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Commentary

Thu 2 May 2019 / Europe

Staunch Keynesian and spiritual disciple

Johan Witteveen will be remembered in the Netherlands as a brilliant economist, the last Keynesian of his generation, a lucid liberal and a life-long adherent of the Sufi spiritual movement. In 2012 he published his memoirs, The Magic of Harmony. The title reflected the pillars of his economic and human wisdom: the natural movement towards harmony and the belief in a spiritual world beyond materialism. Through his Sufi convictions, he found the wherewithal to accept a great many terrible private sorrows.

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Thu 2 May 2019 / Europe

Rationalist suffused with humanity

Hendrikus Johannes 'Johan' Witteveen, economist, philosopher, politician and international public servant, who died on 23 April in the Netherlands aged 97, was best known internationally for his 1973-78 term as IMF managing director. He lived a rich and varied life spanning many worlds, and his academic strength and commitment to economics brought him a succession of roles: the teaching of economics in Rotterdam, and positions in Dutch political life including the posts of finance minister and deputy prime minister.

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Wed 1 May 2019 / Africa

Power struggles weigh on South Africa

After years of poor management, South Africa faces a deteriorating fiscal balance, ballooning government debt and an inefficient and unreliable power grid. These formidable headwinds are stifling growth and deterring corporate investment. The extent to which they can be dealt with depends on the outcome of the election on 8 May. President Cyril Ramaphosa is expected to win, but the size of his victory will determine whether he has the authority to make crucial reforms, as his main opposition comes from within his own African National Congress.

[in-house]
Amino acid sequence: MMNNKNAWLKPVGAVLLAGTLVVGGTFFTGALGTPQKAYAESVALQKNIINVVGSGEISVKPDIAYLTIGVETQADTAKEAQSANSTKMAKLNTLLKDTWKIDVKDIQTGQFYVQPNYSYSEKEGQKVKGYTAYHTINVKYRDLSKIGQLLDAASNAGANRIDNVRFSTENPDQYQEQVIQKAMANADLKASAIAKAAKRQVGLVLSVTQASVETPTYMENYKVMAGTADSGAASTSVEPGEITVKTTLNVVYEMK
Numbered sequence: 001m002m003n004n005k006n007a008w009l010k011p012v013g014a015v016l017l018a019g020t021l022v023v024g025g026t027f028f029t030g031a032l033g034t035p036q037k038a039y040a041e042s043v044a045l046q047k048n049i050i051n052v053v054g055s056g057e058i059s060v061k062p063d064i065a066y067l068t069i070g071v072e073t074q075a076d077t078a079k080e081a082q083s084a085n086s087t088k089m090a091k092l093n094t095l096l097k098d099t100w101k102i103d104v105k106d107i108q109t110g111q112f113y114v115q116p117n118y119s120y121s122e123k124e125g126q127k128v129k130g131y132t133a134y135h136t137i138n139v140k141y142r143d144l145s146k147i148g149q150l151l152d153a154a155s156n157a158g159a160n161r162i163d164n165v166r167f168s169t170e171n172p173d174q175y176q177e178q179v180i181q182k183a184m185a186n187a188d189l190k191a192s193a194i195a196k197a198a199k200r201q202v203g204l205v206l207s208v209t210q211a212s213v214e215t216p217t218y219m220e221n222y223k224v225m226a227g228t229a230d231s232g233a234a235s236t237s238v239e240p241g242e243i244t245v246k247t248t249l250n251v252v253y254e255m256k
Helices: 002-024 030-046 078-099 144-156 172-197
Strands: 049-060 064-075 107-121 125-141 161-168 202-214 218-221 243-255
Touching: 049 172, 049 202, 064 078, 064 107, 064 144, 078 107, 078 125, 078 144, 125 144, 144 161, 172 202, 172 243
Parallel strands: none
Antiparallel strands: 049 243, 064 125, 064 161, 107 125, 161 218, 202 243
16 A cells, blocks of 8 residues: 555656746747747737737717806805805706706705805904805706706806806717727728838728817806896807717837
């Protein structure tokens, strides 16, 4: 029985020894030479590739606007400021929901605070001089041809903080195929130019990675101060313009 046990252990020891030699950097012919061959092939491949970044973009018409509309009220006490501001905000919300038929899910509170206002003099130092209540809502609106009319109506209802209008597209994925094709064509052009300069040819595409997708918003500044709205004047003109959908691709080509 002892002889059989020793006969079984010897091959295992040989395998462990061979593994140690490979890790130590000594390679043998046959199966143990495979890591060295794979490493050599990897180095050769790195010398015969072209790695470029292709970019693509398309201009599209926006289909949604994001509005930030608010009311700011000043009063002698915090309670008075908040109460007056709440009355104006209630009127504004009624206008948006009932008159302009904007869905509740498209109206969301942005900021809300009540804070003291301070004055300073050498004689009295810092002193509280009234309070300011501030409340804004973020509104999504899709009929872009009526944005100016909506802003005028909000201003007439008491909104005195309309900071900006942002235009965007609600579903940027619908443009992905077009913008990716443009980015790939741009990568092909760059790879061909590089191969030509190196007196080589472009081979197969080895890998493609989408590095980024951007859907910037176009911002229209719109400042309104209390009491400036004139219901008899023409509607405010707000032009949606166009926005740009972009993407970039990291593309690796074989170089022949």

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Tue 30 Apr 2019 / North America,Global

US Treasury misguided on IMF quotas

The US Treasury's welcome stance on sustaining overall International Monetary Fund resources merits support. But its position on quotas will set back multilateralism, promote regionalism and damage US interests, and should be reversed. The IMF should have a large backstop for emergency systemic situations and when quota resources run low. Some separation resources makes sense. Absent the 'new arrangements to borrow', the IMF would rely on massive bilateral loans, creating conditions for opaque deal-making.

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Mon 29 Apr 2019 / Europe

The fall of German banking

The collapse of merger talks between Deutsche Bank and Commerzbank, the No.1 and No.2 German lenders, marks the latest episode in a 30-year downward spiral of German banks that were once by far Europe's best capitalised financial institutions. Chancellor Angela Merkel and Finance Minister Olaf Scholz will now face pressure from France and other European partners for Berlin to invite European bids for either of its top banks. This could invite strong questioning, especially from France, of Germany's ultimate European goals.

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Thu 25 Apr 2019 / North America